There’s a misconception that all you need to do to make your text follow the Microsoft design style is to make it all lowercase or all caps. This isn’t true. The new Windows UI uses sentence case throughout—you won’t find any examples of all-caps or all-lowercase text at all. Unless there’s specific semantic meaning associated with this setting, avoid gimmicks like this, and stick with sentence or title case for content.
If you follow the first three rules, your text will be in pretty good shape. If you want to take things to the next level, though, you can apply OpenType features to specific portions of text. For example, use the small caps OpenType feature to wrap acronyms. This feature applies true small caps (not scaled caps). If your content contains numbers, apply the old style figures feature to the text. This feature uses old style numbers (also known by some as lower case numbers) that might look better with your content.
Here's an example:
<p style="font-family: 'Segoe UI';" > In <span style="font-feature-settings: 'onum' 1;">2012</span> <span style="font-feature- settings: 'c2sc' 1;">NASA</span> sent <span style="font-feature-settings: 'onum' 1;">5</span> astronauts to the <span style="font-feature-settings: 'c2sc' 1;">ISS</span> </p>
Before applying the old style figures feature:
Editing is an aspect of typography that is often overlooked. Many designers don’t consider the text itself to be something they should alter. But if the text isn't well-written and easy to understand, it doesn’t matter how good it looks.
As any type designer will tell you, the space between letters is just as important as the letter shapes. Kerning (mentioned in the first rule), applies spacing adjustments between specific pairs of letters to improve the letter spacing. We recommend that you apply it to all of your content.
Tracking, on the other hand, adds (or removes) space between all the letters in a string equally. As a font’s default letter spacing is often optimized for readability at a particular size, there are times when it might be appropriate to slightly widen the spacing. Tracking values of .01em or .02em may be helpful.
Using justified text makes it difficult to have good spacing. When text is forced to fit a container through justification, its spacing always suffers. Justified text usually has "rivers" of white space (large gaps between words) running through the content. Avoid fully-justified text and stick with left alignment whenever possible, and apply hyphenation to keep the right edge of the text from appearing too ragged.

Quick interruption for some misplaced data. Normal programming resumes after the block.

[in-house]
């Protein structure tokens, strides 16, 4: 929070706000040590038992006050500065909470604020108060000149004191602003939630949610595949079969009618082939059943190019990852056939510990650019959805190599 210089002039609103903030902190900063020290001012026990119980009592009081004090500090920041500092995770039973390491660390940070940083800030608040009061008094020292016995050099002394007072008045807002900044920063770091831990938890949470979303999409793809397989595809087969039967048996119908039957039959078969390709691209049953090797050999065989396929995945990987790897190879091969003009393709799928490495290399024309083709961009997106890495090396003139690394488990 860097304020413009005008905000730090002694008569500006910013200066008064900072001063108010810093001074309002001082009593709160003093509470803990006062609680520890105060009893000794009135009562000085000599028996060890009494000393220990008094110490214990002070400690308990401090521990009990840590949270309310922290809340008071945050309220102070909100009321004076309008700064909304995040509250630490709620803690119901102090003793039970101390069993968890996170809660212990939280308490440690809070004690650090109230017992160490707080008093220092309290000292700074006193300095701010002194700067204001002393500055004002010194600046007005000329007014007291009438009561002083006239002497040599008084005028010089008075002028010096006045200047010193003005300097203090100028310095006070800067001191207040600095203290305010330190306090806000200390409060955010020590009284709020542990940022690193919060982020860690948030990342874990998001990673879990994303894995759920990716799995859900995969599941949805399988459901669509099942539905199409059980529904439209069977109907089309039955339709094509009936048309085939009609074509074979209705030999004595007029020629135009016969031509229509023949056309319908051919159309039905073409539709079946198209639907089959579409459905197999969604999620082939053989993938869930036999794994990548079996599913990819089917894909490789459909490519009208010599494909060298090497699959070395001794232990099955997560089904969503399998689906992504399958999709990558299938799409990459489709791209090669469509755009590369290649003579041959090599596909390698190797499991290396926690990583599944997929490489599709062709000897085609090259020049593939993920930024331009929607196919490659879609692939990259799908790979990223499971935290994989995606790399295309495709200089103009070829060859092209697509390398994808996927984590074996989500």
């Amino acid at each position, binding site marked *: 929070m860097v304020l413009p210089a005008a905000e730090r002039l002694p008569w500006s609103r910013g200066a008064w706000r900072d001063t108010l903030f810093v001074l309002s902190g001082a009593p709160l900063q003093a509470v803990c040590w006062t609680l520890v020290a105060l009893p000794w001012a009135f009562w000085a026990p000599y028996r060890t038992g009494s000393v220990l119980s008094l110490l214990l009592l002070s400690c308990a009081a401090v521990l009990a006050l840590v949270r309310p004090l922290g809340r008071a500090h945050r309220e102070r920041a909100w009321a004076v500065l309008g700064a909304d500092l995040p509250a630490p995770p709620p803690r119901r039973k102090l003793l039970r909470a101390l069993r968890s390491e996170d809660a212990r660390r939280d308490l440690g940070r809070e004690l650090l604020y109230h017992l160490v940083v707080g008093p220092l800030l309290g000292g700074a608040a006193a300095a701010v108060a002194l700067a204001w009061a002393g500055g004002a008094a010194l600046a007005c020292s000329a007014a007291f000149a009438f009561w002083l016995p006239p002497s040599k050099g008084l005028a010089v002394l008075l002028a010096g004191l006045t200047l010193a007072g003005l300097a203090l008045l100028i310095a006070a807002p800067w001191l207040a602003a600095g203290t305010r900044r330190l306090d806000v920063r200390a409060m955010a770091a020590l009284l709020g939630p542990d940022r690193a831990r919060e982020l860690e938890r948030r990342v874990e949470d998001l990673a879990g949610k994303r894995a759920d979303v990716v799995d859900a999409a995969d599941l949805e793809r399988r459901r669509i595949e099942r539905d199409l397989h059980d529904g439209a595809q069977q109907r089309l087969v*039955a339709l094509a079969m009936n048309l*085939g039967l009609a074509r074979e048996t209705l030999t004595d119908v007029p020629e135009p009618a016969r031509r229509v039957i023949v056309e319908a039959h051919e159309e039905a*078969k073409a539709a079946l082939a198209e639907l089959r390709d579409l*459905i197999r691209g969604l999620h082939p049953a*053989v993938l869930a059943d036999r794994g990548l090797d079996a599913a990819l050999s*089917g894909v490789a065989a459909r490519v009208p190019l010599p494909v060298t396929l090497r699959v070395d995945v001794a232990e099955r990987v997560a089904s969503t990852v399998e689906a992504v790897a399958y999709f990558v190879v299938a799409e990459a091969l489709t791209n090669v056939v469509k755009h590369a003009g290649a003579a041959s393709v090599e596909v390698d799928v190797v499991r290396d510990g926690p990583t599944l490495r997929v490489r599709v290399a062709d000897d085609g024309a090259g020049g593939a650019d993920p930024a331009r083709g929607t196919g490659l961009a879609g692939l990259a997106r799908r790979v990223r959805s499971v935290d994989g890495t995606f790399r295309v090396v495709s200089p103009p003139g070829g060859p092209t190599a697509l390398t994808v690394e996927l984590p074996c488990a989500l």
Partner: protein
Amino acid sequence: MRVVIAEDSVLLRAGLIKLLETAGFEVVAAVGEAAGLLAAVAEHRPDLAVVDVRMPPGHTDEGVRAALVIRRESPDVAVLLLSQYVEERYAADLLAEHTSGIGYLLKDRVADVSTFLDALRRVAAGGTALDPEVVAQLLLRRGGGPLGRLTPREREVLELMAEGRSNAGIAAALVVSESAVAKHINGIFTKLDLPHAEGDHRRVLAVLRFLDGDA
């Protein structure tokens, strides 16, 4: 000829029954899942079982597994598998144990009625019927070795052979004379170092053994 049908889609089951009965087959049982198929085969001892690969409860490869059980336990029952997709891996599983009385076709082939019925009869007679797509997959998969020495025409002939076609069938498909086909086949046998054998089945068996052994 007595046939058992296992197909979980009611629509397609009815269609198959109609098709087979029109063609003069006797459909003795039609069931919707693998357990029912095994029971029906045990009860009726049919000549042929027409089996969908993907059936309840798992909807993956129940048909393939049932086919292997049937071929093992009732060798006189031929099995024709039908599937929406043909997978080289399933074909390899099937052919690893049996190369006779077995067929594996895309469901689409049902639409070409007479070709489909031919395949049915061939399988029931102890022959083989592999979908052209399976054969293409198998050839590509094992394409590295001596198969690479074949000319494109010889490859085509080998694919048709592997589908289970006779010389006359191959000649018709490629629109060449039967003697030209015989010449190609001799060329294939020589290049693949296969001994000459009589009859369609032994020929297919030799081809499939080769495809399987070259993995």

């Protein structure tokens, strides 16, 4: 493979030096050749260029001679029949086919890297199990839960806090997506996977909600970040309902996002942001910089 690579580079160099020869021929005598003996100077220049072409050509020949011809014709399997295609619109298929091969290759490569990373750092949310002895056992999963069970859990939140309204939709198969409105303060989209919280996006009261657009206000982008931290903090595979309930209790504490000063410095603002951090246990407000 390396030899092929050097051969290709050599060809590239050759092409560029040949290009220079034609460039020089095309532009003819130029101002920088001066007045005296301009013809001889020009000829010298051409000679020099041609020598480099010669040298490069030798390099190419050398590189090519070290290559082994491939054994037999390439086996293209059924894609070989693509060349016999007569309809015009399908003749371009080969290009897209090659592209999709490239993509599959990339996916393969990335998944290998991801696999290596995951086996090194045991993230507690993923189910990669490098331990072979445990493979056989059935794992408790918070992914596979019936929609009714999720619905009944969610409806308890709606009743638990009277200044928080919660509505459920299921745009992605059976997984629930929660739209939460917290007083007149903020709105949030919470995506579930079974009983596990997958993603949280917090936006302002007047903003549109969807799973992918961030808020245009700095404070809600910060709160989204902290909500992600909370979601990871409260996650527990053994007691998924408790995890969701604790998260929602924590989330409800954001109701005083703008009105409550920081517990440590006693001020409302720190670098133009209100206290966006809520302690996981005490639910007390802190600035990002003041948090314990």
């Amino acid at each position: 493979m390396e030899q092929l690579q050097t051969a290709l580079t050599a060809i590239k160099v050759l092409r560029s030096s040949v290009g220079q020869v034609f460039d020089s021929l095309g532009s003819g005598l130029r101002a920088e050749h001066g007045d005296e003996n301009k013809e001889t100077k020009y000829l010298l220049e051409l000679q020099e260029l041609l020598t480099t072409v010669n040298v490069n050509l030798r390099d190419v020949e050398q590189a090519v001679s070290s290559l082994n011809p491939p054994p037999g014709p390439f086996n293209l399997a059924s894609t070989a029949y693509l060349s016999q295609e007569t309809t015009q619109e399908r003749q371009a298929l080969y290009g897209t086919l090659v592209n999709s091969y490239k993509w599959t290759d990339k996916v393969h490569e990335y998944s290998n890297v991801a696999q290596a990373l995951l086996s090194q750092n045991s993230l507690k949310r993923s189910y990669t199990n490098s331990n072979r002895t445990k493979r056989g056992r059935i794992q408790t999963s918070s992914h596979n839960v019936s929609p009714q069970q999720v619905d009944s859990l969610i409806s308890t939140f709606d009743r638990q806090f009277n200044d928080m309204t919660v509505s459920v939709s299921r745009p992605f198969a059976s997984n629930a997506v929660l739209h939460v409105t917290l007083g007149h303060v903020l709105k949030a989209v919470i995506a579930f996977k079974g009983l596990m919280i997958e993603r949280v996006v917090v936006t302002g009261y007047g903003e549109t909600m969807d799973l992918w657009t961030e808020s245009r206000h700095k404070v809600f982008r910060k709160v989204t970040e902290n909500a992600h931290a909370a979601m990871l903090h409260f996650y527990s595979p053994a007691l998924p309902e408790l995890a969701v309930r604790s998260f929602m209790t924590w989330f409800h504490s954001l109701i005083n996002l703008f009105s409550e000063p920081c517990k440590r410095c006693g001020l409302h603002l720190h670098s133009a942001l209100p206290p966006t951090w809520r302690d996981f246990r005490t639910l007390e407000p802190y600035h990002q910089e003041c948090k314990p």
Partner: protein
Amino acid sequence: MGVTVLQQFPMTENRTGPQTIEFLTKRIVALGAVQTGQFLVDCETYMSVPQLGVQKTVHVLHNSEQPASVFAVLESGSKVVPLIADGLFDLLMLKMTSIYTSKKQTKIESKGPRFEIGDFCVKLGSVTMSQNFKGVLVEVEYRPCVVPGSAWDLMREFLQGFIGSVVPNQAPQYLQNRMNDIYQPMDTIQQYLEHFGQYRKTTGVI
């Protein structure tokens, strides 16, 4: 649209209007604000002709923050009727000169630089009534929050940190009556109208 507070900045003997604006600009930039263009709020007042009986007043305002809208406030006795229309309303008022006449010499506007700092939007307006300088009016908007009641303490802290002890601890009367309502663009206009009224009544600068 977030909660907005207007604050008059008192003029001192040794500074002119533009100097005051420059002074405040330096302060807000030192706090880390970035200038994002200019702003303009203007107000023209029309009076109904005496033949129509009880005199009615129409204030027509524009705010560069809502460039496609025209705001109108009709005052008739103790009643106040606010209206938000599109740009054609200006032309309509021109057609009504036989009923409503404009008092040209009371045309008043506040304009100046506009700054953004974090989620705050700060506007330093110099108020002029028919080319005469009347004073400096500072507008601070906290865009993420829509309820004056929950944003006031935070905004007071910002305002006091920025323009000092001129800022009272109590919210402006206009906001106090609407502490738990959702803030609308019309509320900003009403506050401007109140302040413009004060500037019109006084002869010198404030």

One of the best kept Windows 8 secrets is that many of the buttons, icons, and controls used in the UI are actually font-based. These are not bitmaps or Scalable Vector Graphics (SVG), but glyphs mapped to the Unicode Private Use Area of the Segoe UI Symbol font. Various showcase apps use the same approach to deliver their icons and controls.
Font-based icons and controls scale just like regular font characters, can be placed in-line with other text elements and, through layering, can even appear in color.
Provide settings that allow users to change the body text size, without impacting system-wide settings. We recommend these values: small (11pt), medium (14pt) and large (18pt). In addition, the app could also allow readers to choose between dark text on a light background, which is best for readability, and dark text on a tinted background or light text on a dark background, which might help reduce eye fatigue in certain environments. Giving users a choice of different body font options is welcomed by readers used to this functionality on dedicated e-reading devices. Keep the list of options limited and language-appropriate.
Following the basic advice outlined here will give your app a typographic edge. But it barely scratches the surface of what’s possible using modern typefaces and the power of OpenType. If your interest has been piqued, we recommend checking out these books:
- The Elements of Typographic Style by Robert Bringhurst
- Detail in Typography by Jost Hochuli
- Thinking with Type by Ellen Lupton
- Stop Stealing Sheep by Erik Spiekermann and E.M. Ginger
The IEBlog article Using the whole font provides a good primer on how to apply Cascading Style Sheets (CSS) OpenType features, and the linked demos by Monotype, FontShop and Font Bureau demonstrate the extent of what’s possible using the technology.
Build date: 11/29/2012